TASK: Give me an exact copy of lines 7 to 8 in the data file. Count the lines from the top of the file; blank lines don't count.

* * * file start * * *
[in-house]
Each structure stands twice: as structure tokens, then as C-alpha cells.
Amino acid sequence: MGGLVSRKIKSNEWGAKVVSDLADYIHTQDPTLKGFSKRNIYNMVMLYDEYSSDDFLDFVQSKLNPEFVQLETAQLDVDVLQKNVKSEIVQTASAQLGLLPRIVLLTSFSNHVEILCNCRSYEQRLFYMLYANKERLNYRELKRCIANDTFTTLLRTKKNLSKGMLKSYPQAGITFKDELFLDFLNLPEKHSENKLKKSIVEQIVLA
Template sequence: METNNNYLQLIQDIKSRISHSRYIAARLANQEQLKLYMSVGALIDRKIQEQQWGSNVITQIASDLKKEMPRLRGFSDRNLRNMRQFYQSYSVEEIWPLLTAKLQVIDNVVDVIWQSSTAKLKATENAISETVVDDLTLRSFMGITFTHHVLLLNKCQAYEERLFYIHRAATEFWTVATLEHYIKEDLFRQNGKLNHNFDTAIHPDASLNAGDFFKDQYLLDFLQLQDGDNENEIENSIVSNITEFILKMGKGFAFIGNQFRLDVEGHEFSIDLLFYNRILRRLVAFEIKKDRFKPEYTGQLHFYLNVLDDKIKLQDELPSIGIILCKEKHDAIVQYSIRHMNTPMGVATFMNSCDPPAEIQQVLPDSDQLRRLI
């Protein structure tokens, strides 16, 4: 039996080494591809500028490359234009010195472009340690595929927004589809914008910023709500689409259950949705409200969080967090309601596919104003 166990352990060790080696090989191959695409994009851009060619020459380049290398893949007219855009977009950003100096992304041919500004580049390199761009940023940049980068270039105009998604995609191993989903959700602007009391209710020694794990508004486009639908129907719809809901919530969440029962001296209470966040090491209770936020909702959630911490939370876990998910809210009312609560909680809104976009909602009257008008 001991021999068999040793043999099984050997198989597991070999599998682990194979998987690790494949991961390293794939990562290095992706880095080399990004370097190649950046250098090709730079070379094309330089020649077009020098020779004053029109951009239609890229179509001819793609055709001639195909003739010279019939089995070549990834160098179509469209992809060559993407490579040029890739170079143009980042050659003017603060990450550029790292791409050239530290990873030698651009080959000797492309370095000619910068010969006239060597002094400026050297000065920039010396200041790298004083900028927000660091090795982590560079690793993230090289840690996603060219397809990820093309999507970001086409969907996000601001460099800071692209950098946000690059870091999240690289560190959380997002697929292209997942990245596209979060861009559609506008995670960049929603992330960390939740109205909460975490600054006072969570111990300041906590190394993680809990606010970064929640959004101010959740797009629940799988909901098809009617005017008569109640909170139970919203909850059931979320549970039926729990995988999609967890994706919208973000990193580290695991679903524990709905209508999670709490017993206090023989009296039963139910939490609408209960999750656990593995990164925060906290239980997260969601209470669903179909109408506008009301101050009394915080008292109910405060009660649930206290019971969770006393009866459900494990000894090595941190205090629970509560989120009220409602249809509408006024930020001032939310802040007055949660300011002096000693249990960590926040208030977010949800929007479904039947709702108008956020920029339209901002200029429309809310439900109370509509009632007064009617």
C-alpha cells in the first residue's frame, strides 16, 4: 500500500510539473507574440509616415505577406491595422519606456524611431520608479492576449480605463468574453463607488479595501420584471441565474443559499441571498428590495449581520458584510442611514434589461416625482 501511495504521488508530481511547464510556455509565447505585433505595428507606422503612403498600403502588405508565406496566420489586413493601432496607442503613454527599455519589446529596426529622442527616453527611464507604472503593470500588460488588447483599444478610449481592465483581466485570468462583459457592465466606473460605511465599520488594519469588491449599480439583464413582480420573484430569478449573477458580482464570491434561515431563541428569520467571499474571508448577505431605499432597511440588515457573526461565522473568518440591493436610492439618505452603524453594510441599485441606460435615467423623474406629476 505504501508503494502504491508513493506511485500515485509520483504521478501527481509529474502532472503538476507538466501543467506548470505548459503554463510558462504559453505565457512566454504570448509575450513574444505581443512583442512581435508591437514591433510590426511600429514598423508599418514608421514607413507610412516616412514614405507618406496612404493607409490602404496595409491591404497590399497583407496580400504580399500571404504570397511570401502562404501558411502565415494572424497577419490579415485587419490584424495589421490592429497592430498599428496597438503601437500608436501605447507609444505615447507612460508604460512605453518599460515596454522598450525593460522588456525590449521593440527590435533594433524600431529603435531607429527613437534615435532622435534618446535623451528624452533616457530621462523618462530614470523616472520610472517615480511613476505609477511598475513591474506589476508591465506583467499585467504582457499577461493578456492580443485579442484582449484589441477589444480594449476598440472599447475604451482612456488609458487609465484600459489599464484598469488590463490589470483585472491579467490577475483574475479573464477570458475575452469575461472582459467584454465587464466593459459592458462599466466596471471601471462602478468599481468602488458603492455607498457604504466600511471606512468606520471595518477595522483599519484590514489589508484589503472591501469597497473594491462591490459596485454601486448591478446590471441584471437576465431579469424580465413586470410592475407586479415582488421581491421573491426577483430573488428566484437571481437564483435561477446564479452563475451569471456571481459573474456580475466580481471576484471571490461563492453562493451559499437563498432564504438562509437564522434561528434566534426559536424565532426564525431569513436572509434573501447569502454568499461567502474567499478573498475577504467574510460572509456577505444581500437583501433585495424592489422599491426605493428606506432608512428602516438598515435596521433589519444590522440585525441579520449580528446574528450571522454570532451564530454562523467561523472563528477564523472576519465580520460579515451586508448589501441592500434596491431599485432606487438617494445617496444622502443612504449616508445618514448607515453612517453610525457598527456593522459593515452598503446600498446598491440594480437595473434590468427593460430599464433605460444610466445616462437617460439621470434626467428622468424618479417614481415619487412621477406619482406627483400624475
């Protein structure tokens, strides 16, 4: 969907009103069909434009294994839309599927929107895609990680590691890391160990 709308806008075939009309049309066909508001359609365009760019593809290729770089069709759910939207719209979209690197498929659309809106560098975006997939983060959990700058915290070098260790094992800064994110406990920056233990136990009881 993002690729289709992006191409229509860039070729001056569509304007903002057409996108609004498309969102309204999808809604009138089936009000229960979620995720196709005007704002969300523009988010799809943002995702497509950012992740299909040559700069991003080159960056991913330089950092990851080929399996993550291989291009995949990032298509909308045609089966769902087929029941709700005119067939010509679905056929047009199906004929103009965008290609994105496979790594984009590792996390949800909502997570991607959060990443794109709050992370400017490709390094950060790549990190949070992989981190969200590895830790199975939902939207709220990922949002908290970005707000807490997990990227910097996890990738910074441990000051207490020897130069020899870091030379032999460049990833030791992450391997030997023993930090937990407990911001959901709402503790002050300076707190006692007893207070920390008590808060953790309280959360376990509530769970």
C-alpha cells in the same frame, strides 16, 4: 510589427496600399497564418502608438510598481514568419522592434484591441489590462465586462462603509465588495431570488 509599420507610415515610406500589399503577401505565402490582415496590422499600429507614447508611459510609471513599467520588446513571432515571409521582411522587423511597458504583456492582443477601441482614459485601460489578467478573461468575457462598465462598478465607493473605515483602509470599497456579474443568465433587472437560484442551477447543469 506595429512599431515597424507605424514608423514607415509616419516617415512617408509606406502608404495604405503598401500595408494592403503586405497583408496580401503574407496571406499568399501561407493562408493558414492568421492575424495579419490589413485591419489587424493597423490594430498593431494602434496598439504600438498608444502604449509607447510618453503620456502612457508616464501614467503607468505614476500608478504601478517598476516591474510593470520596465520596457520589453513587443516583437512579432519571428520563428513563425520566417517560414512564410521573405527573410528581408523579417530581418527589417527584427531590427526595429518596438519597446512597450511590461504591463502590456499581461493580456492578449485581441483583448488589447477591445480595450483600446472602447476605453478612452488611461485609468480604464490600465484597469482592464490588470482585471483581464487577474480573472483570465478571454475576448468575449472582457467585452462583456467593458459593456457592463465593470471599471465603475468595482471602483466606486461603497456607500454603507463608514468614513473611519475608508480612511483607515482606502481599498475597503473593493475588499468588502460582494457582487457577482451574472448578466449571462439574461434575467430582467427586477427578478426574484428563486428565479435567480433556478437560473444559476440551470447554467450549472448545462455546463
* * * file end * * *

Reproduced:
């Protein structure tokens, strides 16, 4: 969907009103069909434009294994839309599927929107895609990680590691890391160990 709308806008075939009309049309066909508001359609365009760019593809290729770089069709759910939207719209979209690197498929659309809106560098975006997939983060959990700058915290070098260790094992800064994110406990920056233990136990009881 993002690729289709992006191409229509860039070729001056569509304007903002057409996108609004498309969102309204999808809604009138089936009000229960979620995720196709005007704002969300523009988010799809943002995702497509950012992740299909040559700069991003080159960056991913330089950092990851080929399996993550291989291009995949990032298509909308045609089966769902087929029941709700005119067939010509679905056929047009199906004929103009965008290609994105496979790594984009590792996390949800909502997570991607959060990443794109709050992370400017490709390094950060790549990190949070992989981190969200590895830790199975939902939207709220990922949002908290970005707000807490997990990227910097996890990738910074441990000051207490020897130069020899870091030379032999460049990833030791992450391997030997023993930090937990407990911001959901709402503790002050300076707190006692007893207070920390008590808060953790309280959360376990509530769970």
C-alpha cells in the same frame, strides 16, 4: 510589427496600399497564418502608438510598481514568419522592434484591441489590462465586462462603509465588495431570488 509599420507610415515610406500589399503577401505565402490582415496590422499600429507614447508611459510609471513599467520588446513571432515571409521582411522587423511597458504583456492582443477601441482614459485601460489578467478573461468575457462598465462598478465607493473605515483602509470599497456579474443568465433587472437560484442551477447543469 506595429512599431515597424507605424514608423514607415509616419516617415512617408509606406502608404495604405503598401500595408494592403503586405497583408496580401503574407496571406499568399501561407493562408493558414492568421492575424495579419490589413485591419489587424493597423490594430498593431494602434496598439504600438498608444502604449509607447510618453503620456502612457508616464501614467503607468505614476500608478504601478517598476516591474510593470520596465520596457520589453513587443516583437512579432519571428520563428513563425520566417517560414512564410521573405527573410528581408523579417530581418527589417527584427531590427526595429518596438519597446512597450511590461504591463502590456499581461493580456492578449485581441483583448488589447477591445480595450483600446472602447476605453478612452488611461485609468480604464490600465484597469482592464490588470482585471483581464487577474480573472483570465478571454475576448468575449472582457467585452462583456467593458459593456457592463465593470471599471465603475468595482471602483466606486461603497456607500454603507463608514468614513473611519475608508480612511483607515482606502481599498475597503473593493475588499468588502460582494457582487457577482451574472448578466449571462439574461434575467430582467427586477427578478426574484428563486428565479435567480433556478437560473444559476440551470447554467450549472448545462455546463